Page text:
That is bad enough. But to be actively involved in encouraging the defection of its own players -- which is certainly one way of interpreting the “training in Europe” scenario -- has all the attributes of a death wish. Especially so, given that -- as Arena has told us -- the benefits to be derived from a few weeks spent with a famous European club are hard to discern.



13 comments
  1. R2 Dad
    commented on: December 9, 2011 at 9:21 a.m.
    Wait. All the MLS fans love Beckham, and he has made a point of training/playing in europe regularly. In truth, watching and playing with better players that are more hungry that you is a good environment for our guys to be in. Maybe if they were more technical players there would be more loan/transfer deals, but that doesn't mean the whole "training in Europe" effort is crap.

  1. Emile Jordan
    commented on: December 9, 2011 at 9:28 a.m.
    Look at what Barca's young players did yesterday in the UEFA match while its stars rested for Real Madrid Sunday. I was tempted at the start to turn the game off, but the game grew on me because of the quality of play demonstrated by the young Barca players. The day is coming when our boys will play with that passion and skill. It may be spotty in the youth clubs where it all starts, but it is happening.

  1. Mark Edge
    commented on: December 9, 2011 at 9:30 a.m.
    Interesting. So training with the collective knowledge, experience and heightened level of technical and tactical abilty of Dutch, German, Spanish, English, Scottish and French coaches and players is a bad thing because an ex-Lacrosse coach from Long Island agrees with Gardner. Have you ever read amore jingoistic, chauvinistic piece of journalism.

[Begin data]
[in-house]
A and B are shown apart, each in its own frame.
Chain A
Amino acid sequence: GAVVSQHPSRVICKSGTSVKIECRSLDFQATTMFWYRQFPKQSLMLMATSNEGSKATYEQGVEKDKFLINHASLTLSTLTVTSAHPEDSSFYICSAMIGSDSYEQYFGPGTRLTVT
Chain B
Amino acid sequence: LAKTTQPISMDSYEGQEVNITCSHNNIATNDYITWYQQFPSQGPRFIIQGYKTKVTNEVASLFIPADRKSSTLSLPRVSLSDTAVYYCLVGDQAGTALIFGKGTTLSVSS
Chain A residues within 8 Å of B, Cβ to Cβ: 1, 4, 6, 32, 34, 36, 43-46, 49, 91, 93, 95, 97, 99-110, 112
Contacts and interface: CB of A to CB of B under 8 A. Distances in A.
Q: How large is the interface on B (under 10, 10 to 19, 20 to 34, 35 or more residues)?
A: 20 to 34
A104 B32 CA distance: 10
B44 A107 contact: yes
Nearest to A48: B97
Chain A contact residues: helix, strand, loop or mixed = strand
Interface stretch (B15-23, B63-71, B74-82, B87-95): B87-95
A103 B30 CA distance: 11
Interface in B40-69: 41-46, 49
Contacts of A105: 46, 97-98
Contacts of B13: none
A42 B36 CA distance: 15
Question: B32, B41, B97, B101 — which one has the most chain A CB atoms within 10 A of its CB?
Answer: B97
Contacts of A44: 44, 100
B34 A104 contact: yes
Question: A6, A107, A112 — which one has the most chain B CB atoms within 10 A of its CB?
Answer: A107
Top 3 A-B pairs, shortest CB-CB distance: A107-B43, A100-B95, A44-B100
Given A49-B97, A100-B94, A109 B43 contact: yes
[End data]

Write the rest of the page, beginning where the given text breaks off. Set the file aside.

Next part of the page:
1. Robert Hogan
    commented on: December 9, 2011 at 9:33 a.m.
    Ok then but what's the alternative during the off season for a young MLS player.Yes their egos are just that... egos, but why wouldn't a player want to be in a coaching environment that is proven to work. Arena need not raise the obvious issue without having some credible plan to counter act it. A reserve Eng championship squad is as good as most MLS teams so where's the downside to have "your" player training at this level.Would he be better off running the mill with his college alma mater team in the offseason...God forbid as the 4 years he was there has already stumped his chances of "making it"...but does his ego know that as he's been told from the days at his academy, where he has to pay big $ to play, that he is the next best thing. The development plan, please tell me there is one, is broken. The natural talented player, if his family can't come up with the $ will get bypassed for the good kid who's family can pay the $...how much did Rooney's parents or Beckham's parent's have to pay for them to get noticed...little but mostly nothing I bet...start down at that level and fix the 1st stage before we try to repair the kid when he's 22.

  1. I w Nowozeniuk
    commented on: December 9, 2011 at 10:32 a.m.
    Paul's accusation of JK's fitness craze is overboard. Fitness is key to team efficacy and overall performance, i.e., MLS teams do more walking and jogging compared to the euro-teams whose players give that extra step.

  1. Walt Pericciuoli
    commented on: December 9, 2011 at 11:14 a.m.
    I think Paul and Bruce are a little off base. I think most of us knew that these American players were only going there for training. Paul says himself"it can be seen simply as a way of keeping fit". So,then why would you wonder that traveling to Europe is the best way to stay fit? Do we have something better here for our players in off season?I understand where Klinsi is coming from, he has to have his MNT ready to play against teams whose players compete at a high level 10 -11 months a year.(perhaps that is why most of our MNT is comprised of players not in MSL.)Fact is,if the MLS is to reach elite league status, it needs elite players.Elite players compete and train 10-11 months a year.Will MLS ever extend there season????

  1. Julio Vargas
    commented on: December 9, 2011 at 11:15 a.m.